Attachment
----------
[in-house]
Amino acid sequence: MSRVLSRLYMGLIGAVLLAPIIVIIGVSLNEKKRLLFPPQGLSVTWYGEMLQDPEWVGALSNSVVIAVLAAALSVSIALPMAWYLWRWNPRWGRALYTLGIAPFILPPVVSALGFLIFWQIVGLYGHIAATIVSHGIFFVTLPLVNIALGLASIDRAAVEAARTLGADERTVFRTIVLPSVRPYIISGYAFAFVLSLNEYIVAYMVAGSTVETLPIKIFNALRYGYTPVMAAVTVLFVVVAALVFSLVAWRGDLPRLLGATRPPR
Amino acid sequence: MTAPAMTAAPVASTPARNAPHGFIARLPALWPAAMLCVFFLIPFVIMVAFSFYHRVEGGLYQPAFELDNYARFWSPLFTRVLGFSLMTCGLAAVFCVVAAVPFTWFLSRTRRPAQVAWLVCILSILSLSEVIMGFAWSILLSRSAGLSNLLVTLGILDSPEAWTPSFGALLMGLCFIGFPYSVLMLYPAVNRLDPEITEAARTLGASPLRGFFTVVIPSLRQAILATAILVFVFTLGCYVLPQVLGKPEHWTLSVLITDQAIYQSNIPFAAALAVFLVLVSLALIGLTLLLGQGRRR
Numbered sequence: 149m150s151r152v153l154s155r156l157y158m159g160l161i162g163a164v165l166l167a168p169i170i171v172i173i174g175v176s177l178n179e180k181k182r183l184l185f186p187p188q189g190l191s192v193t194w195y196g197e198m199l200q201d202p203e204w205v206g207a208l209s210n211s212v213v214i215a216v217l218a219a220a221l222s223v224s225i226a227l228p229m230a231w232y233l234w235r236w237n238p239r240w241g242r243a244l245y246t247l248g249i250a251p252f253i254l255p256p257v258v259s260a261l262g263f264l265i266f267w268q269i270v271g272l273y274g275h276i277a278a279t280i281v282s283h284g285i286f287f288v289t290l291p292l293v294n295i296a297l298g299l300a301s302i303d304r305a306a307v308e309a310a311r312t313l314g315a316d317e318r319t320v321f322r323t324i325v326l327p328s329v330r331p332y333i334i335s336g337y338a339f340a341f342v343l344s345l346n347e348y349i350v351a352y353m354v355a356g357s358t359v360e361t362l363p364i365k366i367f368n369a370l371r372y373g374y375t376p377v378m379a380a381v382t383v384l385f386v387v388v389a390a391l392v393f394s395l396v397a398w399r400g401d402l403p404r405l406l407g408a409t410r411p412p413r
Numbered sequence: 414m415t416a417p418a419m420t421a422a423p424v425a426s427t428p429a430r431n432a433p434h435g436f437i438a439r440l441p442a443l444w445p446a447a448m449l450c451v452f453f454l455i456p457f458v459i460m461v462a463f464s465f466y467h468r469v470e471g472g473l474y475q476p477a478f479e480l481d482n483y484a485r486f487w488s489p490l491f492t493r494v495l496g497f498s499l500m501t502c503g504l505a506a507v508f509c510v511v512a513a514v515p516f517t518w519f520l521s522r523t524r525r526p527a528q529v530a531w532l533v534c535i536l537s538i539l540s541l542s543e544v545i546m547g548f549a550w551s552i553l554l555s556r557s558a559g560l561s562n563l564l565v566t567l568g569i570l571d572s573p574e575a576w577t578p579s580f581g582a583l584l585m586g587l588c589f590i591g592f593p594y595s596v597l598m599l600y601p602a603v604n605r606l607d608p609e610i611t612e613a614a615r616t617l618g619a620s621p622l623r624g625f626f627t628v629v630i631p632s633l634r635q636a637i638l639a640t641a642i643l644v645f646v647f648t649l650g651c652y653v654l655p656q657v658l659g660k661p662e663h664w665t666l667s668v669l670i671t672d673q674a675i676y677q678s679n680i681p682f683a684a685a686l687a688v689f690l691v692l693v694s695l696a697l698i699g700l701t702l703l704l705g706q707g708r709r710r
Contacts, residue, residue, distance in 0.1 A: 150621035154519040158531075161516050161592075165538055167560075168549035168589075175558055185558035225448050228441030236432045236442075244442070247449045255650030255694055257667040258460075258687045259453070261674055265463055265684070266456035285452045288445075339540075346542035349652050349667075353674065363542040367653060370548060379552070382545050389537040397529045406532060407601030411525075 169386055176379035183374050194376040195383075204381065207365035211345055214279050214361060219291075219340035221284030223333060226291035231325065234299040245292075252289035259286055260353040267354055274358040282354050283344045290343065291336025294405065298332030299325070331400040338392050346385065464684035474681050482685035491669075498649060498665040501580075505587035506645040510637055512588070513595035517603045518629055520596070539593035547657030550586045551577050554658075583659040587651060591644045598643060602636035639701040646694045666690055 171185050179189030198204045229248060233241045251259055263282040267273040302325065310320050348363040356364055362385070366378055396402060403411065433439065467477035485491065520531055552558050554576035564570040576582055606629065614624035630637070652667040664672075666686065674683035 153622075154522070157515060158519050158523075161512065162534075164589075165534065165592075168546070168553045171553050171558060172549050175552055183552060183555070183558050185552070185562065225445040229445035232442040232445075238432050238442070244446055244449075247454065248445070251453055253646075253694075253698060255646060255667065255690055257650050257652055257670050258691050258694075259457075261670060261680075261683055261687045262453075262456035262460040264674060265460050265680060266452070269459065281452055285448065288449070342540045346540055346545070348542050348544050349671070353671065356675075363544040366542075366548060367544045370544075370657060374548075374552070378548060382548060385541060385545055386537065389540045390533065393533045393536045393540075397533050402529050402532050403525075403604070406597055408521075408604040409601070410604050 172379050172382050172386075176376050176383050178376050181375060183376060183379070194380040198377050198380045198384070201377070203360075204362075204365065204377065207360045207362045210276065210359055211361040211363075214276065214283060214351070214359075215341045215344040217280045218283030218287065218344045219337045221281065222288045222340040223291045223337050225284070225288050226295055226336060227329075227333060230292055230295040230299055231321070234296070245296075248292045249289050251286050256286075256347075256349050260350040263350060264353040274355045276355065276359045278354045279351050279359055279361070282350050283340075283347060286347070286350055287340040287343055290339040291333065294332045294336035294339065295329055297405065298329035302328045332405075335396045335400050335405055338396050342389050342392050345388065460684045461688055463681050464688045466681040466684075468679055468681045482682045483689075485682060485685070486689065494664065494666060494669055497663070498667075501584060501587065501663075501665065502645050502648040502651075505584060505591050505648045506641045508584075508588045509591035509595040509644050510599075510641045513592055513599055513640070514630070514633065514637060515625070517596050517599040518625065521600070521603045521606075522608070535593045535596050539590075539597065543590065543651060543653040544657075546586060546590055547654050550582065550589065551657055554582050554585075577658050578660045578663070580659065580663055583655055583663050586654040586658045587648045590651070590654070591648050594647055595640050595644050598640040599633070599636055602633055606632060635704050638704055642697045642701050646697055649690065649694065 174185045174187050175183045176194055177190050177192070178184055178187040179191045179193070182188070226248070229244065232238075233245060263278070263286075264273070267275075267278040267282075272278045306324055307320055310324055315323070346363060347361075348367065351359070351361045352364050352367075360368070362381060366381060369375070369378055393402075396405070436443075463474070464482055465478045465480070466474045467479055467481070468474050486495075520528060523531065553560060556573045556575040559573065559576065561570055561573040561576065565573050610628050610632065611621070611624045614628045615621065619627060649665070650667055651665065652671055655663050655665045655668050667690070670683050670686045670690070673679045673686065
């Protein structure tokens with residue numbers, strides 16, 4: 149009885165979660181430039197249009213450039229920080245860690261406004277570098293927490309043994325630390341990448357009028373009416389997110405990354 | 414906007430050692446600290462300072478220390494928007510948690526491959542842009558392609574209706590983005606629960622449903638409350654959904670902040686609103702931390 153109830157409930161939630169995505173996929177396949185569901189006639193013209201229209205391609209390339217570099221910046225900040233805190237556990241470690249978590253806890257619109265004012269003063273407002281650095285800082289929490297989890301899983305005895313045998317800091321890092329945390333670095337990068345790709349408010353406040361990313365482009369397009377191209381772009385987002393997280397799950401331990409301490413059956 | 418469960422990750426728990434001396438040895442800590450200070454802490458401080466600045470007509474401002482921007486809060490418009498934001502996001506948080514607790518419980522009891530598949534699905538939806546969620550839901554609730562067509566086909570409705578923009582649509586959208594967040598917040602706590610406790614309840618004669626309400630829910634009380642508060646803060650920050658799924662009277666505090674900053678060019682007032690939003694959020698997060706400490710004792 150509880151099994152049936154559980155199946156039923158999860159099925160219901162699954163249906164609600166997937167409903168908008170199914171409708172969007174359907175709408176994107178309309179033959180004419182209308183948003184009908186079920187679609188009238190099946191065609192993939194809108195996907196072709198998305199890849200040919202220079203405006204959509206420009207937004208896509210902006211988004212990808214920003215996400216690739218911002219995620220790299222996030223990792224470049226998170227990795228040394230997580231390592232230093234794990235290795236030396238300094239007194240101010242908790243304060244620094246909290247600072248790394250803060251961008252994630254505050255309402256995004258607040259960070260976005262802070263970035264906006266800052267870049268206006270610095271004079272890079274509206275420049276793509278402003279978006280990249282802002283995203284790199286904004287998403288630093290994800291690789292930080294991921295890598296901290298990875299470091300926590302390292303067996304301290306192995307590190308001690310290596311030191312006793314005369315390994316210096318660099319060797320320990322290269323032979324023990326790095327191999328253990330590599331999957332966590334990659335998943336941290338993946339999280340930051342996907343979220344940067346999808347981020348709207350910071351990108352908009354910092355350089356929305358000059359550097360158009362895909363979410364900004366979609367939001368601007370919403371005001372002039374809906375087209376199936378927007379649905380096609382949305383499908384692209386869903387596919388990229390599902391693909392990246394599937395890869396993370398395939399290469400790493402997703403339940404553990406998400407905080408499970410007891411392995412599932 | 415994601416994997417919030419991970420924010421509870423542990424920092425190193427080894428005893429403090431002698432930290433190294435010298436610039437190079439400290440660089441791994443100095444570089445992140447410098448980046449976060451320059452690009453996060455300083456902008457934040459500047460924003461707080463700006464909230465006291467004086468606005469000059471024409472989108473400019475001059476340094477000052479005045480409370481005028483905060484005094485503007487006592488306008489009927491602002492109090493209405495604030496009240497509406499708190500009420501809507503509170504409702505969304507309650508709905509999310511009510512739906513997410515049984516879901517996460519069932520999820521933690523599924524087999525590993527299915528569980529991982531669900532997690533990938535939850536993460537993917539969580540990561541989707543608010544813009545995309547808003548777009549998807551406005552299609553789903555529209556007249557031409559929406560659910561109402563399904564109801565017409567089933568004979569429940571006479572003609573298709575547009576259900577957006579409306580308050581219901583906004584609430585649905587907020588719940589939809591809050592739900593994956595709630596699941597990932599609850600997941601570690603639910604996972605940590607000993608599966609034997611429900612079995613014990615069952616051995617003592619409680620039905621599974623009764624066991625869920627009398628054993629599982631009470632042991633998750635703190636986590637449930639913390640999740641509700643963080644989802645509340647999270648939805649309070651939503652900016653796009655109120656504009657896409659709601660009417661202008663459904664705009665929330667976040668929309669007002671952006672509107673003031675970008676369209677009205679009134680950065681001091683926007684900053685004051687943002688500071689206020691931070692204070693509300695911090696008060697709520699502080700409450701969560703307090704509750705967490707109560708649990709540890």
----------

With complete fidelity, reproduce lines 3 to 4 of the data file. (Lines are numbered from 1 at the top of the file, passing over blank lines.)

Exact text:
Amino acid sequence: MTAPAMTAAPVASTPARNAPHGFIARLPALWPAAMLCVFFLIPFVIMVAFSFYHRVEGGLYQPAFELDNYARFWSPLFTRVLGFSLMTCGLAAVFCVVAAVPFTWFLSRTRRPAQVAWLVCILSILSLSEVIMGFAWSILLSRSAGLSNLLVTLGILDSPEAWTPSFGALLMGLCFIGFPYSVLMLYPAVNRLDPEITEAARTLGASPLRGFFTVVIPSLRQAILATAILVFVFTLGCYVLPQVLGKPEHWTLSVLITDQAIYQSNIPFAAALAVFLVLVSLALIGLTLLLGQGRRR
Numbered sequence: 149m150s151r152v153l154s155r156l157y158m159g160l161i162g163a164v165l166l167a168p169i170i171v172i173i174g175v176s177l178n179e180k181k182r183l184l185f186p187p188q189g190l191s192v193t194w195y196g197e198m199l200q201d202p203e204w205v206g207a208l209s210n211s212v213v214i215a216v217l218a219a220a221l222s223v224s225i226a227l228p229m230a231w232y233l234w235r236w237n238p239r240w241g242r243a244l245y246t247l248g249i250a251p252f253i254l255p256p257v258v259s260a261l262g263f264l265i266f267w268q269i270v271g272l273y274g275h276i277a278a279t280i281v282s283h284g285i286f287f288v289t290l291p292l293v294n295i296a297l298g299l300a301s302i303d304r305a306a307v308e309a310a311r312t313l314g315a316d317e318r319t320v321f322r323t324i325v326l327p328s329v330r331p332y333i334i335s336g337y338a339f340a341f342v343l344s345l346n347e348y349i350v351a352y353m354v355a356g357s358t359v360e361t362l363p364i365k366i367f368n369a370l371r372y373g374y375t376p377v378m379a380a381v382t383v384l385f386v387v388v389a390a391l392v393f394s395l396v397a398w399r400g401d402l403p404r405l406l407g408a409t410r411p412p413r